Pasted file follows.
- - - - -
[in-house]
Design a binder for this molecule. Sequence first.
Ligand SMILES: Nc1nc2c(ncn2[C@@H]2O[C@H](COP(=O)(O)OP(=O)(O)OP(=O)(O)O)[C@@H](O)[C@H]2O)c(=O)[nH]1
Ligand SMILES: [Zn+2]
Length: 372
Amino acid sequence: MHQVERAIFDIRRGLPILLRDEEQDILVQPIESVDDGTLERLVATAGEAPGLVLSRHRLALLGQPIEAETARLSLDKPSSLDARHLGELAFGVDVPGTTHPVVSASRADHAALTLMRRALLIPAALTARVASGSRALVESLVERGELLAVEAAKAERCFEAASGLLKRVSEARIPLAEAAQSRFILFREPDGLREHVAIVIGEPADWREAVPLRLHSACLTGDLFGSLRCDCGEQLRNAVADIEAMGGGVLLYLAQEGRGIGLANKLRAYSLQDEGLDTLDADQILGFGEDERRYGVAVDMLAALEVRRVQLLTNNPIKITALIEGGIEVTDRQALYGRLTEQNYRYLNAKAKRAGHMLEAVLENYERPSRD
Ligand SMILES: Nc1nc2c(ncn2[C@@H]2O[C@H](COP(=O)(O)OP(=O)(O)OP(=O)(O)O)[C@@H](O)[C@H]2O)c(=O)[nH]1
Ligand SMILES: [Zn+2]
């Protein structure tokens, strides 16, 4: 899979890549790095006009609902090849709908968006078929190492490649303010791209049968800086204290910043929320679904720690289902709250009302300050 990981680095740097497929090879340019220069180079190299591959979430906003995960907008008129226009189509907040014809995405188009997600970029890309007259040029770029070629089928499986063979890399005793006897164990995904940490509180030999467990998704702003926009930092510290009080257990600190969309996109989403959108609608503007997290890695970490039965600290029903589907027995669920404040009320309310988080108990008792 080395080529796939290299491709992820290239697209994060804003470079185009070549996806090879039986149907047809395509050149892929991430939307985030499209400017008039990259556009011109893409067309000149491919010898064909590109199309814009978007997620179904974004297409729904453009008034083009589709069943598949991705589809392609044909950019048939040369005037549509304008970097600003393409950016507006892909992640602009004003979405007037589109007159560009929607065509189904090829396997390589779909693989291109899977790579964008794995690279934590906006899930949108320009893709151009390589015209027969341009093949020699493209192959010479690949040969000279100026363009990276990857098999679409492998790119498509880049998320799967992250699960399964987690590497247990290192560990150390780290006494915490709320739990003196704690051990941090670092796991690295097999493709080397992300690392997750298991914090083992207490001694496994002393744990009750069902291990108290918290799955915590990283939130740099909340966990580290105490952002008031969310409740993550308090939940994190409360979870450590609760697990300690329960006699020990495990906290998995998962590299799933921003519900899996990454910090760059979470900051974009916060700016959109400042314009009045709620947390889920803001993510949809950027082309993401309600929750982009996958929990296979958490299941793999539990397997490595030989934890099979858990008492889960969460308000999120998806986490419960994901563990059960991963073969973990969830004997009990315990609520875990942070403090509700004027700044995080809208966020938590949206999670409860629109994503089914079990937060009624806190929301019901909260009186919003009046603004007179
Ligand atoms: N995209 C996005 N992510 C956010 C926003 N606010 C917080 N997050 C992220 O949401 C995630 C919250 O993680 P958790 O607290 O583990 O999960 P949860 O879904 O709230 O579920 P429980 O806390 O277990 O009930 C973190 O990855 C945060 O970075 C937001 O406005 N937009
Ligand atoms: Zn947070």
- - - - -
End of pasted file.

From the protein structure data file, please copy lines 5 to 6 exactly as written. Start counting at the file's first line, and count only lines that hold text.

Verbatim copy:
Length: 372
Amino acid sequence: MHQVERAIFDIRRGLPILLRDEEQDILVQPIESVDDGTLERLVATAGEAPGLVLSRHRLALLGQPIEAETARLSLDKPSSLDARHLGELAFGVDVPGTTHPVVSASRADHAALTLMRRALLIPAALTARVASGSRALVESLVERGELLAVEAAKAERCFEAASGLLKRVSEARIPLAEAAQSRFILFREPDGLREHVAIVIGEPADWREAVPLRLHSACLTGDLFGSLRCDCGEQLRNAVADIEAMGGGVLLYLAQEGRGIGLANKLRAYSLQDEGLDTLDADQILGFGEDERRYGVAVDMLAALEVRRVQLLTNNPIKITALIEGGIEVTDRQALYGRLTEQNYRYLNAKAKRAGHMLEAVLENYERPSRD